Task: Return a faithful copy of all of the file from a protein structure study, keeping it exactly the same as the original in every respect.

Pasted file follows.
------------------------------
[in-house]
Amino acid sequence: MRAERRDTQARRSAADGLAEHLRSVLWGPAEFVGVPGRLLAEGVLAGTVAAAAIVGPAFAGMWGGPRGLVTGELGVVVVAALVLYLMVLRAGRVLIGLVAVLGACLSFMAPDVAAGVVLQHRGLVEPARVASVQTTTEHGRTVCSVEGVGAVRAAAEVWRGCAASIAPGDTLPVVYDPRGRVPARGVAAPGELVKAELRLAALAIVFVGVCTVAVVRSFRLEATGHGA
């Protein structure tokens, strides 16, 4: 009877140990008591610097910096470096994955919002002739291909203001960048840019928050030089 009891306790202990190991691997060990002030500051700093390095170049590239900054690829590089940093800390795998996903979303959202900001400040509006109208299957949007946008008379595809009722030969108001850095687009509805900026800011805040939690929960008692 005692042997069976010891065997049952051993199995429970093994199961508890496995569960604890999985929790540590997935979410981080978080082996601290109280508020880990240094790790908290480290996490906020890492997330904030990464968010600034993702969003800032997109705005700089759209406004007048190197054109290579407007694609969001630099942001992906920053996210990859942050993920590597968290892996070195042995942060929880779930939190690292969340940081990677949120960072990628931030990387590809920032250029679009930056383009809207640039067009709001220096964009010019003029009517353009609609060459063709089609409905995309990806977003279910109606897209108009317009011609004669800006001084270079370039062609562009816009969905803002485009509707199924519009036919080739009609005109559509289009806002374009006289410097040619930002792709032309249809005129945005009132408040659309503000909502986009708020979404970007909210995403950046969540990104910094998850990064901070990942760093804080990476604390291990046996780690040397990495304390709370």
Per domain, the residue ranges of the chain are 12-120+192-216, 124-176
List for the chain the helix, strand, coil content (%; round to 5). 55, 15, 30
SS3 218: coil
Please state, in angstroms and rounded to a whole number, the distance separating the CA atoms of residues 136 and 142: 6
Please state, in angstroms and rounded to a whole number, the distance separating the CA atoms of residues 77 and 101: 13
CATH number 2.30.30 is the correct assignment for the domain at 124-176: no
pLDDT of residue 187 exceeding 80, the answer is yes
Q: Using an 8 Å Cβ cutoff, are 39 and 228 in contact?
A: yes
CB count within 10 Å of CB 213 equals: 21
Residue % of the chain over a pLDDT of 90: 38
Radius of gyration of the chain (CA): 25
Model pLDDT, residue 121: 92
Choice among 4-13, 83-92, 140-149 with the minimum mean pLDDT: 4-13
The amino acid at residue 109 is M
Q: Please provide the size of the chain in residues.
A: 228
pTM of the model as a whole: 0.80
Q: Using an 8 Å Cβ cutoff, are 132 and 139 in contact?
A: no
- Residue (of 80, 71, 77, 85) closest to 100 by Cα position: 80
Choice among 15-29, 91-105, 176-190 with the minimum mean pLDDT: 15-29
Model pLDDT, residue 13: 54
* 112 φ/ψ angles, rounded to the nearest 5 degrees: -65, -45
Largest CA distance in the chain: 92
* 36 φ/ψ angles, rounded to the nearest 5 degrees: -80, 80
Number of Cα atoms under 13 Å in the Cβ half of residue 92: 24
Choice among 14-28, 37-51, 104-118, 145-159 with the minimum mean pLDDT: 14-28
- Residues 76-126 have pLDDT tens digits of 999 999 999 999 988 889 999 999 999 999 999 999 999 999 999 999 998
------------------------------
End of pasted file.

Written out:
[in-house]
Amino acid sequence: MRAERRDTQARRSAADGLAEHLRSVLWGPAEFVGVPGRLLAEGVLAGTVAAAAIVGPAFAGMWGGPRGLVTGELGVVVVAALVLYLMVLRAGRVLIGLVAVLGACLSFMAPDVAAGVVLQHRGLVEPARVASVQTTTEHGRTVCSVEGVGAVRAAAEVWRGCAASIAPGDTLPVVYDPRGRVPARGVAAPGELVKAELRLAALAIVFVGVCTVAVVRSFRLEATGHGA
């Protein structure tokens, strides 16, 4: 009877140990008591610097910096470096994955919002002739291909203001960048840019928050030089 009891306790202990190991691997060990002030500051700093390095170049590239900054690829590089940093800390795998996903979303959202900001400040509006109208299957949007946008008379595809009722030969108001850095687009509805900026800011805040939690929960008692 005692042997069976010891065997049952051993199995429970093994199961508890496995569960604890999985929790540590997935979410981080978080082996601290109280508020880990240094790790908290480290996490906020890492997330904030990464968010600034993702969003800032997109705005700089759209406004007048190197054109290579407007694609969001630099942001992906920053996210990859942050993920590597968290892996070195042995942060929880779930939190690292969340940081990677949120960072990628931030990387590809920032250029679009930056383009809207640039067009709001220096964009010019003029009517353009609609060459063709089609409905995309990806977003279910109606897209108009317009011609004669800006001084270079370039062609562009816009969905803002485009509707199924519009036919080739009609005109559509289009806002374009006289410097040619930002792709032309249809005129945005009132408040659309503000909502986009708020979404970007909210995403950046969540990104910094998850990064901070990942760093804080990476604390291990046996780690040397990495304390709370």
Per domain, the residue ranges of the chain are 12-120+192-216, 124-176
List for the chain the helix, strand, coil content (%; round to 5). 55, 15, 30
SS3 218: coil
Please state, in angstroms and rounded to a whole number, the distance separating the CA atoms of residues 136 and 142: 6
Please state, in angstroms and rounded to a whole number, the distance separating the CA atoms of residues 77 and 101: 13
CATH number 2.30.30 is the correct assignment for the domain at 124-176: no
pLDDT of residue 187 exceeding 80, the answer is yes
Q: Using an 8 Å Cβ cutoff, are 39 and 228 in contact?
A: yes
CB count within 10 Å of CB 213 equals: 21
Residue % of the chain over a pLDDT of 90: 38
Radius of gyration of the chain (CA): 25
Model pLDDT, residue 121: 92
Choice among 4-13, 83-92, 140-149 with the minimum mean pLDDT: 4-13
The amino acid at residue 109 is M
Q: Please provide the size of the chain in residues.
A: 228
pTM of the model as a whole: 0.80
Q: Using an 8 Å Cβ cutoff, are 132 and 139 in contact?
A: no
- Residue (of 80, 71, 77, 85) closest to 100 by Cα position: 80
Choice among 15-29, 91-105, 176-190 with the minimum mean pLDDT: 15-29
Model pLDDT, residue 13: 54
* 112 φ/ψ angles, rounded to the nearest 5 degrees: -65, -45
Largest CA distance in the chain: 92
* 36 φ/ψ angles, rounded to the nearest 5 degrees: -80, 80
Number of Cα atoms under 13 Å in the Cβ half of residue 92: 24
Choice among 14-28, 37-51, 104-118, 145-159 with the minimum mean pLDDT: 14-28
- Residues 76-126 have pLDDT tens digits of 999 999 999 999 988 889 999 999 999 999 999 999 999 999 999 999 998